The metabolic syndrome adds incremental value to the Framingham risk score in identifying asymptomatic individuals with higher degrees of inflammation.

Catherine Y. Campbell, Khurram Nasir, Jose A.M. Carvalho, Roger S. Blumenthal, Raul D. Santos

Research output: Contribution to journalArticlepeer-review

Abstract

Recent studies have shown that elevated white blood cell (WBC) counts independently predict adverse cardiovascular disease (CVD) outcomes. The metabolic syndrome (MS) is known to be associated with a higher degree of inflammation and increased CVD risk. It is unclear, however, whether MS provides incremental information to the Framingham risk score (FRS). The authors studied 458 asymptomatic men, of whom 112 had MS. WBC count was used as a marker of inflammation. The odds ratio (OR) for presence of WBCs in the highest quartile vs the lower 3 quartiles was 2.2; 95% confidence interval (CI), 1.39-3.40 for MS. After further adjustment for the FRS, the relationship remained significant (OR, 1.97; 95% CI, 1.25-3.13). The ability to identify higher levels of WBCs with MS was especially important in the low-risk men (OR, 2.66; 95% CI, 1.39-5.07). The study findings suggest that MS adds value to the FRS in identifying those with higher degrees of inflammation, especially among those classified as low-risk by the FRS.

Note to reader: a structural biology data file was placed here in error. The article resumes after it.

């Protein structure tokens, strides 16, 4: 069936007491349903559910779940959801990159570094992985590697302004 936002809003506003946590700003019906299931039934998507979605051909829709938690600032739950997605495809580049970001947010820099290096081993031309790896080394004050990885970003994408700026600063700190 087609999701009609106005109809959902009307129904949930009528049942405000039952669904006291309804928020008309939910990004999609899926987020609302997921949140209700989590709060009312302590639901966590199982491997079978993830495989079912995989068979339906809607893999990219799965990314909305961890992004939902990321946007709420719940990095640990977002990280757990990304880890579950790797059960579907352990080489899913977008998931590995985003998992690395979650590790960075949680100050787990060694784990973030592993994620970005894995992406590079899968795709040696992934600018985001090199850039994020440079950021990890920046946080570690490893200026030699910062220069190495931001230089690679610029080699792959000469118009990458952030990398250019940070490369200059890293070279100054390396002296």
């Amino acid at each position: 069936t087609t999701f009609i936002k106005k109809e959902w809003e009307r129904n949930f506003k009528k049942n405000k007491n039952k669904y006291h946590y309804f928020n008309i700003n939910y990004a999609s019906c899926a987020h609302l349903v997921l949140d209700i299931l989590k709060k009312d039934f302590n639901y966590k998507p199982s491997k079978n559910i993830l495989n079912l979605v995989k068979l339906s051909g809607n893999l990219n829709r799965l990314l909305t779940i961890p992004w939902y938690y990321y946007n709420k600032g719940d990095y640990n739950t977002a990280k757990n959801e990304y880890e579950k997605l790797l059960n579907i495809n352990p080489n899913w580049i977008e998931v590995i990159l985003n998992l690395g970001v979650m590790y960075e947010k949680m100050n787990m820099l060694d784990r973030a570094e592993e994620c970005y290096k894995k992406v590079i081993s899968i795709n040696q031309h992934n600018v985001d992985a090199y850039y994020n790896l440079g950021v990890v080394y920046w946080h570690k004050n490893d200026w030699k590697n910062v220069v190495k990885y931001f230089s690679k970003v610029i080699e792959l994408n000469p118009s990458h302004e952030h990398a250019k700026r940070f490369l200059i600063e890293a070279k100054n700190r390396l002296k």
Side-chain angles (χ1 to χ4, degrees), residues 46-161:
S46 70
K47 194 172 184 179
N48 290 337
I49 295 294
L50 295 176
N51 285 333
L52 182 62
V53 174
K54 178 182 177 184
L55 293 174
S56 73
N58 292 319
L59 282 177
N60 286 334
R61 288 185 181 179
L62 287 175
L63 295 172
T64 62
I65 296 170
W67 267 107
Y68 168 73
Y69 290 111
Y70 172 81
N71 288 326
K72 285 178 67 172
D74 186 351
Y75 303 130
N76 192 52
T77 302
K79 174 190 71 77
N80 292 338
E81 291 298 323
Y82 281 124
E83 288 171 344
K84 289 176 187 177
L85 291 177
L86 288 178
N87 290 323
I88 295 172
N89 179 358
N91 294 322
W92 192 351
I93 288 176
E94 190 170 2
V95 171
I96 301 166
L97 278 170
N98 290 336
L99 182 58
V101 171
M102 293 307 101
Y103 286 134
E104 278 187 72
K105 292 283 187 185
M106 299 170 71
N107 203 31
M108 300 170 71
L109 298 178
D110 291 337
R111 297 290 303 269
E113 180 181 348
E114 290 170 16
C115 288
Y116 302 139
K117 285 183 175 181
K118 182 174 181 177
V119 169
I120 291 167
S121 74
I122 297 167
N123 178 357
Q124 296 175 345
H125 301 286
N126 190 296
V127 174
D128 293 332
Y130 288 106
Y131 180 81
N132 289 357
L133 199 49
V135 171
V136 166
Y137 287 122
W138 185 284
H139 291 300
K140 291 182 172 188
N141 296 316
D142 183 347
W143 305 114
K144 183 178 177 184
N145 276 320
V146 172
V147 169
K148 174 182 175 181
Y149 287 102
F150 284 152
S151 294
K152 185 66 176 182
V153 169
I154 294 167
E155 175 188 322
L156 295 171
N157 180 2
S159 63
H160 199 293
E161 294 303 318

Original languageEnglish (US)
Pages (from-to)7-11
Number of pages5
JournalJournal of the cardiometabolic syndrome
Volume3
Issue number1
DOIs
StatePublished - Jan 1 2008

ASJC Scopus subject areas

  • Internal Medicine
  • Endocrinology, Diabetes and Metabolism
  • Cardiology and Cardiovascular Medicine

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